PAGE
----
To avoid social inequalities affecting young people, Claude Meisch is counting on a global response, and not only on this part of the population. (Photo: Paperjam)

To avoid social inequalities affecting young people, Claude Meisch is counting on a global response, and not only on this part of the population. (Photo: Paperjam)

The Ministry of Youth has just published the latest edition of its "National Report on Youth in Luxembourg". It shows a relative well-being, which hides social inequalities. Claude Meisch wants to develop methods to try to erase them.

How are young people doing? Every five years since 2010, the Ministry of Youth takes their pulse via its "National Report on the Situation of Youth". The third edition was presented by Minister (DP) at a press conference on Wednesday 16 June. The research was carried out by the University of Luxembourg over the past three years. 14,000 young people aged 12 to 29 were surveyed, out of a population of 140,000, a figure considered significant by Professor Robin Samuel. 

But we must not overlook the fact that there are also some target groups who have real problems. People at a very young age who are less optimistic, who have problems at school and feel less well. Very often, one leads to the other. A young person who does not feel comfortable may be failing at school, and a young person who is failing at school does not feel comfortable.

We also found that, very often, it is related to the family and socio-economic situation of the family. So we need to formulate global policy responses. Not too focused only on young people, but maybe also on the whole family, the social situation of the family.

CM: We are working on networking between the different support services. For example, the school's psychosocial support service and the family and youth support service of the National Office for Children. There are plans to bring the two institutions closer together, with a National Children's Office employee being integrated into the 15 regional directorates of basic education. This is one of the very concrete possibilities. There are others that will be discussed during the major debate on this report on youth, which will take place in the coming months.

It is a process of exchange that will take place in the Chamber of Deputies, in an interministerial committee. Because we work in the field of youth as a ministry, but almost all ministries also have aspects that directly concern young people.

Young people must also be allowed to participate. Consultation formulas will approach them, as well as the actors who work with them. For example, in youth centres and associations in the field. To analyse the report, draw the right conclusions and propose concrete measures.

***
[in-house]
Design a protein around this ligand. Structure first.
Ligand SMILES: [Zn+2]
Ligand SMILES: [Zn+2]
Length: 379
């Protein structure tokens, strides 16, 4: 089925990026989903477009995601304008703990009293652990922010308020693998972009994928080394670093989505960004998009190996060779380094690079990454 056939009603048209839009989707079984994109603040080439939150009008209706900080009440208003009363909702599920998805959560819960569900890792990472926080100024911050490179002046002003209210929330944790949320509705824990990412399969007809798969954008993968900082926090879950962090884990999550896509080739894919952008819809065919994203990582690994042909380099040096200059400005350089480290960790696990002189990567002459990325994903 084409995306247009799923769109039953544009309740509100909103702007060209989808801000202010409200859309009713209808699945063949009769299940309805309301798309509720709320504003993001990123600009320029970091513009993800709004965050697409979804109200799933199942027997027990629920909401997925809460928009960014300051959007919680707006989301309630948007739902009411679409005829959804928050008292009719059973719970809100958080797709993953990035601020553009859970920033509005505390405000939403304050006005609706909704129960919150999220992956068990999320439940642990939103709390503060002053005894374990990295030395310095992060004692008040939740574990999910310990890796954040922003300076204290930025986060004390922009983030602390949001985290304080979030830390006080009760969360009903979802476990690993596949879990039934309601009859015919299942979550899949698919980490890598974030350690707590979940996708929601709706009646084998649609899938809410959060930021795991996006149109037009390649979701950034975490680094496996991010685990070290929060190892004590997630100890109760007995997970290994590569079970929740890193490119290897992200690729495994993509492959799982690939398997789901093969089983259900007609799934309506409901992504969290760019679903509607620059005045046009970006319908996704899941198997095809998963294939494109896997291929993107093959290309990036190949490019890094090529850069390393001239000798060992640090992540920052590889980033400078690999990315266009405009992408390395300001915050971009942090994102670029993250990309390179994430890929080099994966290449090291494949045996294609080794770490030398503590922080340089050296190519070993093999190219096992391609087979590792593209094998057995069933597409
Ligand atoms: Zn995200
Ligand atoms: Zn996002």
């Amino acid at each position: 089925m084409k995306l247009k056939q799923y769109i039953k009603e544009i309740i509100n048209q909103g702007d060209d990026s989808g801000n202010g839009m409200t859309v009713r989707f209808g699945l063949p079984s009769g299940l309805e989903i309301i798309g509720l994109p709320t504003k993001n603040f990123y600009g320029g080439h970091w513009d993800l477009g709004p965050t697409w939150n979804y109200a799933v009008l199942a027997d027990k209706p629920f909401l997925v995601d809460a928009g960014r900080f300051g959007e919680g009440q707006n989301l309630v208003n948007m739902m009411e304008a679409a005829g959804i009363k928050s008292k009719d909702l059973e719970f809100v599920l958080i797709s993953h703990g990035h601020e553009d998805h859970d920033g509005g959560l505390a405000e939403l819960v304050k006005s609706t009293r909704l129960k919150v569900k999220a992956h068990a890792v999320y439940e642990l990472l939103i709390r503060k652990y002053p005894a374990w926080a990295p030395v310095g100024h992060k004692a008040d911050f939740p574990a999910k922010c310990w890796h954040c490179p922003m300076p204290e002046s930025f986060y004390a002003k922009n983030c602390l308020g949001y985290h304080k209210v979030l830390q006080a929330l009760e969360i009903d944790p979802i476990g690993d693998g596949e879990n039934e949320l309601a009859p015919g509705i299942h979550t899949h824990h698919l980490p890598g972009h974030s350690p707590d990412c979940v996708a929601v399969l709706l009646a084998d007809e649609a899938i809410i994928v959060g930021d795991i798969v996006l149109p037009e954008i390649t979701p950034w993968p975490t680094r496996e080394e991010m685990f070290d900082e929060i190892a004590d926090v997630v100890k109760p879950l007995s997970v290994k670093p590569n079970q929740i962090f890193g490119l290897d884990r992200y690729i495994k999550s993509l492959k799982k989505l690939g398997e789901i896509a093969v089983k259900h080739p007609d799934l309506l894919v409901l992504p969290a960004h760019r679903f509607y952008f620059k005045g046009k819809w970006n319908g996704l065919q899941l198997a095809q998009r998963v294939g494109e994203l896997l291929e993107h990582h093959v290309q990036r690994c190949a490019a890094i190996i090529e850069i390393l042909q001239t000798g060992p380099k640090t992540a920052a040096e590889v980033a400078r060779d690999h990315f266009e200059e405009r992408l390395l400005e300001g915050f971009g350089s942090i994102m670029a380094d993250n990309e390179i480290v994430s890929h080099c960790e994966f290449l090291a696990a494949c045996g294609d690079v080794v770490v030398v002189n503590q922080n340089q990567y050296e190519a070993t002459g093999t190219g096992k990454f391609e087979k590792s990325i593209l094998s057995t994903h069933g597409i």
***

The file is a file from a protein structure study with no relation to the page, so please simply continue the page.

We will present what is called the 'Youth Pact', which is reissued every five years, in the autumn, after these discussions.

It can be anything from... nothing to millions of euros. There are indeed projects that cost nothing, and others that cost some money. I think it will be a mixture of everything. Of course, we will have to invest in additional programmes for young people. But so far there has not been a budget set aside for the Youth Pact measures.

This report focuses more on the issue of welfare. The previous report, published five years ago, was more concerned with the transition from school to work. We can't really compare. Of course, there are also other analyses that are repeated regularly, where we have found that the health of young people and their behaviour has improved for a large majority. They consume less alcohol, cigarettes, they eat better, but on the other hand, they do less sport.

Of course, and there are ways. I think young people are very resilient. They were really aware of their responsibility, they showed a lot of solidarity towards other generations. A young person wants to go out, to have experiences, to have social contacts. All this was not possible and it weighed heavily on their well-being, that's clear. We have seen groups of young people who have resisted well and who are now ready to start again. But there are also others who need to be helped, who need to be given the chance to catch up on their schooling, for example. We have programmes like the Summer School, remedial courses organised during the summer. Last year we already launched programmes like Diplom+. These are additional training courses for young people who have not had the opportunity to find a job directly after graduation, because the labour market is not the same as it was one or two years ago. The aim is to invest in their social skills, the way they present themselves, the way they work in a team, their creativity: all these soft skills that are now demanded by employers. These programmes have been well received by young people and companies.